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# Year 6

These are the key skills that each child will be working towards in year 6.

By the end of year 6, children should be able to confidently:

• Locate numbers up to 999,999 on a landmarked line; use this to compare/order numbers.
• Round to ten, a hundred and a thousand, ten thousand or one hundred thousand.
• Read scales with accuracy and confidence
• Add and subtract mentally with confidence – where the numbers are less than 100 or the calculation relies upon simple addition/subtraction and place value. Examples include: 6,723 – 400,  78 + 46, 72 – 46, 8020 + 910, 100 – 64, 5000 + 12,000, etc.
• Add several large numbers using written addition, e.g. 11895

3478

3165

121

18538

• Add several large or decimal numbers using written addition, e.g. 18.9

3.47

11

21.17

• Subtract large numbers using decomposition or counting up, e.g. 1323 – 758
• Subtract decimal numbers using counting up
• Multiply numbers up to 20 by single-digit numbers mentally or using grid method
• Multiply 2-digit numbers by 2-digit or 3-digit numbers using grid method
• Scale up or down by a factor of 2, 5 or 10
• Perform divisions mentally within the range of tables facts using remainders or rounding the answer up or down as appropriate, e.g. 68 ÷ 8 = 8 r4 or 8½  or how many toy spiders can be made if I have 68 legs? (Ans = 8) or how many minibuses each holding 8 children will be needed to transport 68 children? (Ans = 9).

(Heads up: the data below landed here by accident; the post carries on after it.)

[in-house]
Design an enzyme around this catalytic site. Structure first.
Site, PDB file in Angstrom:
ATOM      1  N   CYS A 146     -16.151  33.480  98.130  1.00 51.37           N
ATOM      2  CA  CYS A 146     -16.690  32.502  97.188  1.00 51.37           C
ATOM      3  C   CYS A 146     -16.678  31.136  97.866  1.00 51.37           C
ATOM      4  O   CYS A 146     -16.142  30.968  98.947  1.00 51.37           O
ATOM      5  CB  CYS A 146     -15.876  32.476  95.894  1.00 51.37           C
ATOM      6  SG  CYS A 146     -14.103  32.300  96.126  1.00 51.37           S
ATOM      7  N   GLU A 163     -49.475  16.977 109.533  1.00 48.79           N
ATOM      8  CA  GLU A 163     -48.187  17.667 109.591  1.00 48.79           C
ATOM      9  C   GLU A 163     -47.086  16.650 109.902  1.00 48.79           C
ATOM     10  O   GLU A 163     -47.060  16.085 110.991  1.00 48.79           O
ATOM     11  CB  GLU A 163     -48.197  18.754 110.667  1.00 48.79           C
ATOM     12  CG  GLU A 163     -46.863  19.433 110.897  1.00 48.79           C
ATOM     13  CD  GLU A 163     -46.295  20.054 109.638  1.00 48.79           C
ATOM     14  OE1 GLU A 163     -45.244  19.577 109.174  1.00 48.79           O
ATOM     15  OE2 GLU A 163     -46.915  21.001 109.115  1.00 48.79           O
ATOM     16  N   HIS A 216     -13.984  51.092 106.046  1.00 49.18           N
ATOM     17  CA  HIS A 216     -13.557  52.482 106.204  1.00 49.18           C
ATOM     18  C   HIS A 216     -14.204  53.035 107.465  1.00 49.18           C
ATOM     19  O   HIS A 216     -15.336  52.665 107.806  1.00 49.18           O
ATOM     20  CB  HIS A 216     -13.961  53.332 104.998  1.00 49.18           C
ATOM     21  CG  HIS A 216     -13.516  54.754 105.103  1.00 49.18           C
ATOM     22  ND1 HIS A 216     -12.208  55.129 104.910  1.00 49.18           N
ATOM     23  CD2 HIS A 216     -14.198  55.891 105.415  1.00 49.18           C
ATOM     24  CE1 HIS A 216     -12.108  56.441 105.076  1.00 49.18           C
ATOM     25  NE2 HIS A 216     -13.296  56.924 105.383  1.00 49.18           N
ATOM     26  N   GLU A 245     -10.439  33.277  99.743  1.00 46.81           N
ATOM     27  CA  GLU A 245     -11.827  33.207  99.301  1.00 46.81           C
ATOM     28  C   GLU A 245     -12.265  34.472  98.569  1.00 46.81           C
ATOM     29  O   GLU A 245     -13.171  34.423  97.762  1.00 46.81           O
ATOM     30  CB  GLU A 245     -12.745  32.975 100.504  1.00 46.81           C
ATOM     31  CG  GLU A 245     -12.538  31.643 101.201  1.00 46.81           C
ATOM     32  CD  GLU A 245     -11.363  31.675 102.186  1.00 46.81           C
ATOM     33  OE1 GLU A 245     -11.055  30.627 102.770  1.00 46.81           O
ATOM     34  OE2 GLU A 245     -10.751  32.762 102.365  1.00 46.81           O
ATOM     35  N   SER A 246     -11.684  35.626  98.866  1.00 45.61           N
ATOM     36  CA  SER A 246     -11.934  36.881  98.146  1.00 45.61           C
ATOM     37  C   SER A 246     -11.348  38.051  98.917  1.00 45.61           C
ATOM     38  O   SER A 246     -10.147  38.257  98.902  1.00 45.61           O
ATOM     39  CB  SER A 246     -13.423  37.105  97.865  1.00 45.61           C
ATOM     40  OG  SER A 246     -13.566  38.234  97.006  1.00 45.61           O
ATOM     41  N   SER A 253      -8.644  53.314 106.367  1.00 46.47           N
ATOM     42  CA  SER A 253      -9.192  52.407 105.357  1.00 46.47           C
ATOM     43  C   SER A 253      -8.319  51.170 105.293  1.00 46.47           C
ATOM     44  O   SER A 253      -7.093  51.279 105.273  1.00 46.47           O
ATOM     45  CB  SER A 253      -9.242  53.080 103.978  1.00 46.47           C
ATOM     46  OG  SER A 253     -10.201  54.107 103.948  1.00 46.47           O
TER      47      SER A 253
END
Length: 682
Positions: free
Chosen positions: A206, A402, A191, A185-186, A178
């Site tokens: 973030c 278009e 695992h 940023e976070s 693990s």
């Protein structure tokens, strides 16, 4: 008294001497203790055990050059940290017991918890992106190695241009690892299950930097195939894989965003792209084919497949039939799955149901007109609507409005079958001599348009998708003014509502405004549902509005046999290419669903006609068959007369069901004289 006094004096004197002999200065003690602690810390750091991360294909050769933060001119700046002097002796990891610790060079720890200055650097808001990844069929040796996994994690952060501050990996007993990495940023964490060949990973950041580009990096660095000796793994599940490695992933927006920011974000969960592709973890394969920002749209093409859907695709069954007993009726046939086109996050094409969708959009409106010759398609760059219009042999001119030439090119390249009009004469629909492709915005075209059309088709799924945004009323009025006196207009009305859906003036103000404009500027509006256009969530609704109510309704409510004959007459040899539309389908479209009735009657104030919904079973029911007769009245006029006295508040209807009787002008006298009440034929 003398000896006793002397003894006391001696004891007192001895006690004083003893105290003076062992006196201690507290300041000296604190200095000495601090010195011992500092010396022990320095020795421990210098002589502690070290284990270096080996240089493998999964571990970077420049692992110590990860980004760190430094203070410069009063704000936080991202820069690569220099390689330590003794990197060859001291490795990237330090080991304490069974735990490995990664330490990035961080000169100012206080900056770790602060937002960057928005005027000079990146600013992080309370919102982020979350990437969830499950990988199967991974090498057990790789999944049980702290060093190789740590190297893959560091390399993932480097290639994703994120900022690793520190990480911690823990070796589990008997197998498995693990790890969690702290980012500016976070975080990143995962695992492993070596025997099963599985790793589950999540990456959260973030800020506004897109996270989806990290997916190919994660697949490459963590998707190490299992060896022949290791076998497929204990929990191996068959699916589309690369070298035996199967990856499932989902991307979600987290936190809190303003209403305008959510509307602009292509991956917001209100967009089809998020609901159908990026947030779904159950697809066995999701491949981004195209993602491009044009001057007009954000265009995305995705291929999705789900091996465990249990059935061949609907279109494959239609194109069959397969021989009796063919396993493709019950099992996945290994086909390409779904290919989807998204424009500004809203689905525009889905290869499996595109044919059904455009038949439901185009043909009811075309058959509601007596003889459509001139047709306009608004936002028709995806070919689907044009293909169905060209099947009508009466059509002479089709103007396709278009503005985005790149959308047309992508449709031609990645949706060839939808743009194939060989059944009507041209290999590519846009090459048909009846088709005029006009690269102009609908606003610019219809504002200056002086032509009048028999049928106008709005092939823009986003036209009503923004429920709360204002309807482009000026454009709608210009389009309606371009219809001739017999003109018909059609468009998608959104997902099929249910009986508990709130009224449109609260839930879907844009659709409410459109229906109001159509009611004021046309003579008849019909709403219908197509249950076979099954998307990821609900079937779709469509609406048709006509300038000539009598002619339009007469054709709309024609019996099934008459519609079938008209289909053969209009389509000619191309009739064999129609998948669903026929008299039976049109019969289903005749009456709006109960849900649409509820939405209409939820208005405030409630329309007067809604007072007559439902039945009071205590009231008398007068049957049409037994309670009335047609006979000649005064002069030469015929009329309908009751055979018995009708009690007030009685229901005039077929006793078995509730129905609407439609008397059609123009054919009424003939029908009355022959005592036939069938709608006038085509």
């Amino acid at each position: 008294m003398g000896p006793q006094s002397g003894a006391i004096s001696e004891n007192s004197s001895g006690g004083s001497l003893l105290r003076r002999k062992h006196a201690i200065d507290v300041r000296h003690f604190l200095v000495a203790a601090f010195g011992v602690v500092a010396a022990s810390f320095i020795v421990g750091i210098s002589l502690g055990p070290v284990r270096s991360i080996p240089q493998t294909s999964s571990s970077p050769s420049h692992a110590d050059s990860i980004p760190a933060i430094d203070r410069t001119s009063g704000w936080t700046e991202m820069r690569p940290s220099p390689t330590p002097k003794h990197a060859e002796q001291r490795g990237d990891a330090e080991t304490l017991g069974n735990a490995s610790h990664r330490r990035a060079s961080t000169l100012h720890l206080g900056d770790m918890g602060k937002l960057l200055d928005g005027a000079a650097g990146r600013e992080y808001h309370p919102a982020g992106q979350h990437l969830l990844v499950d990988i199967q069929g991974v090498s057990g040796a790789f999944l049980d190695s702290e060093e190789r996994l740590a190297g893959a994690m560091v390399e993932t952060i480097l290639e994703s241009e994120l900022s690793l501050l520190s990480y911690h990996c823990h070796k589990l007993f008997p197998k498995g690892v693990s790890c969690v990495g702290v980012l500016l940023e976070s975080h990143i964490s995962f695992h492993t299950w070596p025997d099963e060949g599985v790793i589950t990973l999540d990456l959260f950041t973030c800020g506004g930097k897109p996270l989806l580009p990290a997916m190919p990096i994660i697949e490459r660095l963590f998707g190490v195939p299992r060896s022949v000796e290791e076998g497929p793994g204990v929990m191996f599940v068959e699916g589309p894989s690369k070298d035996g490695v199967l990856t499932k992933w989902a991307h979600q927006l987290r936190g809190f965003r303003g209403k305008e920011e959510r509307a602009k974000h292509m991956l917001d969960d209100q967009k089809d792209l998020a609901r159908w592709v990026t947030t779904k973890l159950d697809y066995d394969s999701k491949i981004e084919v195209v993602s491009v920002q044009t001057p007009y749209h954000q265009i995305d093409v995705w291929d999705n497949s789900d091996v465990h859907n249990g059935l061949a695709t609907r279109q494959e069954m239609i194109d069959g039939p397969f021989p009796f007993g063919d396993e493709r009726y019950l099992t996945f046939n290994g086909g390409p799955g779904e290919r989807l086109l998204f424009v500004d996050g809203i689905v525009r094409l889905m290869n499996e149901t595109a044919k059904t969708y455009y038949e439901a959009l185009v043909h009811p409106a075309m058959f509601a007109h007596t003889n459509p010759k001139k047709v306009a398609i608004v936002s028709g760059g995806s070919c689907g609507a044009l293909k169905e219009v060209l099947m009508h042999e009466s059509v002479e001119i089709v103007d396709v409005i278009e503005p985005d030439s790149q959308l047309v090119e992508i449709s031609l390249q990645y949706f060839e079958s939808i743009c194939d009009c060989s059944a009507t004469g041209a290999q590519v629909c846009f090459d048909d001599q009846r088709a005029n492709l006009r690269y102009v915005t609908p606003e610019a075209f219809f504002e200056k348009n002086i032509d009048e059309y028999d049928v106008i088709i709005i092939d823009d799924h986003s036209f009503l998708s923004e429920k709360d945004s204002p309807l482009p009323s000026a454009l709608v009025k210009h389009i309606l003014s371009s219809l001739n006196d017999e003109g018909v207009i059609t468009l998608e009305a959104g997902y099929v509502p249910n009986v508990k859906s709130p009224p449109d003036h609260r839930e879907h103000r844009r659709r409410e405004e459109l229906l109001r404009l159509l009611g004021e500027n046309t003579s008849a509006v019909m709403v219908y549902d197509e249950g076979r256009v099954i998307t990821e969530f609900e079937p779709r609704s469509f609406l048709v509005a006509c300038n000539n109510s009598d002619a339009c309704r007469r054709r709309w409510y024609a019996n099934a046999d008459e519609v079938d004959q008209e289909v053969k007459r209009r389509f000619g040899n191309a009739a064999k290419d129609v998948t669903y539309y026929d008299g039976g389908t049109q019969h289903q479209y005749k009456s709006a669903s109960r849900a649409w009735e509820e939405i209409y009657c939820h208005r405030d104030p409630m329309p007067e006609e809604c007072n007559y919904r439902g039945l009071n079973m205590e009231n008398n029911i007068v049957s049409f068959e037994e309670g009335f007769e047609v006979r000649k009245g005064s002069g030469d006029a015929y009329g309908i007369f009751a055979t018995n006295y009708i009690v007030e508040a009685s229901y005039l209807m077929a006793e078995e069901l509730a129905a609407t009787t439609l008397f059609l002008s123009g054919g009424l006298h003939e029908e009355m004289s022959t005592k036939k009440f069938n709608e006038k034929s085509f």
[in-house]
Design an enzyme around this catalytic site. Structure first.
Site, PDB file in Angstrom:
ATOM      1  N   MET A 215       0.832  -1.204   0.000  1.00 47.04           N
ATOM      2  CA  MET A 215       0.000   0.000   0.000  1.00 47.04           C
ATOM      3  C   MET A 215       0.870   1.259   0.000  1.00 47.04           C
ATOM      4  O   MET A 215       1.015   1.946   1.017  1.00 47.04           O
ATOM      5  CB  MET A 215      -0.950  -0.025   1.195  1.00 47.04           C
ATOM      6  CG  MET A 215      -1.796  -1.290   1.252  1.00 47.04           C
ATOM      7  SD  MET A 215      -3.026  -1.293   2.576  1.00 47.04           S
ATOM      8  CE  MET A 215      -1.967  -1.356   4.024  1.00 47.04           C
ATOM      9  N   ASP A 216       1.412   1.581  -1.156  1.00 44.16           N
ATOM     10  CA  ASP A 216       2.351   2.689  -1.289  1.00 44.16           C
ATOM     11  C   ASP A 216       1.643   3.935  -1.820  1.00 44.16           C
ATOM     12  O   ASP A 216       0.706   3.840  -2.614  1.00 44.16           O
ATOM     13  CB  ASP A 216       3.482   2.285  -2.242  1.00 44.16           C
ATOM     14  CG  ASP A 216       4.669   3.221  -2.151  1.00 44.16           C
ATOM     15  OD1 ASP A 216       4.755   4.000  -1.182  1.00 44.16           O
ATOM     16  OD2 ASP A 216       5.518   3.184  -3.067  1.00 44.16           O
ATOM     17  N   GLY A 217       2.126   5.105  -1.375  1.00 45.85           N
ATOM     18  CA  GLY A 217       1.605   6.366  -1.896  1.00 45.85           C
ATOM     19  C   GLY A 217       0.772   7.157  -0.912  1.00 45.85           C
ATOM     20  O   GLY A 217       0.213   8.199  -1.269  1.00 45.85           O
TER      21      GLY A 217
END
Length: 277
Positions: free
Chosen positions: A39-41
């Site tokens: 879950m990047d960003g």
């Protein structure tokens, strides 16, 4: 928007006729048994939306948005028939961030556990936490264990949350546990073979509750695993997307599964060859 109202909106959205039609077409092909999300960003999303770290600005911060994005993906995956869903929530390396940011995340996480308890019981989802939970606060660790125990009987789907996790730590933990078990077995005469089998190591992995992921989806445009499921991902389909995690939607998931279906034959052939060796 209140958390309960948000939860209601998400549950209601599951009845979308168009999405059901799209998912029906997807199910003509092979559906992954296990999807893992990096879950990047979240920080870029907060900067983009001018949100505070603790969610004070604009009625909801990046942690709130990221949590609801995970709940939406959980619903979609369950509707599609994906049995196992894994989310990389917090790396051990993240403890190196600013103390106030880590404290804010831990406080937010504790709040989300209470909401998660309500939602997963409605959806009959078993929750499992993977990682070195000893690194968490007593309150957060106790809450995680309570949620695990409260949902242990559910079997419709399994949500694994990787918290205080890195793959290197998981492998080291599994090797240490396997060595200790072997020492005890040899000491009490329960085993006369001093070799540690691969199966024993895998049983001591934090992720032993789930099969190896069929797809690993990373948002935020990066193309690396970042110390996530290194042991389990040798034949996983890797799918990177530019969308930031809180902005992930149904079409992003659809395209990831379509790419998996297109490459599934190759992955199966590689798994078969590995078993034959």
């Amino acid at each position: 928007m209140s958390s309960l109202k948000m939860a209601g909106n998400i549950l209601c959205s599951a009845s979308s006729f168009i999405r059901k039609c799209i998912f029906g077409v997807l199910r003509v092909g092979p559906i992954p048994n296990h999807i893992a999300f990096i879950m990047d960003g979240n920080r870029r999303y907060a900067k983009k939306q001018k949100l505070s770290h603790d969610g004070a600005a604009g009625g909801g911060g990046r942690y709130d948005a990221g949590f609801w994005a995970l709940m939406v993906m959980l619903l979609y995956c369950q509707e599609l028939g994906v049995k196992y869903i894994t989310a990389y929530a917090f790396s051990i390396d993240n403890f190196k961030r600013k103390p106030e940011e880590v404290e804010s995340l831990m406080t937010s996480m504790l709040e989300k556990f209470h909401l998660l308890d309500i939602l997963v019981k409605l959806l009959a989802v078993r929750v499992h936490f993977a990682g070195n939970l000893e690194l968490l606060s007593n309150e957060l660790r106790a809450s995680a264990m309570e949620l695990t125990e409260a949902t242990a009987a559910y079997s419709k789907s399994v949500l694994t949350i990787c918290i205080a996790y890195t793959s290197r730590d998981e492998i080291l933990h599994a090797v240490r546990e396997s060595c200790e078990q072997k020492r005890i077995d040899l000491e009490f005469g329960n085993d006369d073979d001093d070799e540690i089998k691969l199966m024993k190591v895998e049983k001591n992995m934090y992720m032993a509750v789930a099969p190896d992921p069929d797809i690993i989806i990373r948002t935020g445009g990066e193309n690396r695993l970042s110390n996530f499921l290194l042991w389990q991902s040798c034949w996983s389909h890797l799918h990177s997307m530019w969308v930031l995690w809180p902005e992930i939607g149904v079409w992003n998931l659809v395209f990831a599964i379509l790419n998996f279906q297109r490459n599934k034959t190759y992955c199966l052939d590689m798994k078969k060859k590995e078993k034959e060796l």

• Divide 3-digit by one-digit numbers using chunking.
• Recognise equivalent fractions, e.g. 4/8 = ½; reduce fractions to their simplest form
• Identify simple fraction/decimal equivalents: ½ = 0.5, ¼ = 0.25, ¾ = 0.75, 1/3 = 0.33, etc.
• Understand that if two numbers less than 1 are multiplied, the answer is smaller than either of them.
• Calculate simple percentages of whole numbers.
• Solve missing number problems.
• Generate and describe linear sequences.
• Use, read and write, and convert between, standard units.
• Measure areas and perimeters; understand that area is a measurement of covering and is measured in square units, and perimeter is a length, measured in cm, m or mm.
• Use 12 and 24 hour clocks; calculate time intervals; use timetables.
• Compare and classify geometric shapes; identify circles and parts of circles.
• Identify positions in the first and fourth quadrants on a co-ordinate grid; reflect and translate shapes.
• Find and interpret the mean (average) of several quantities.

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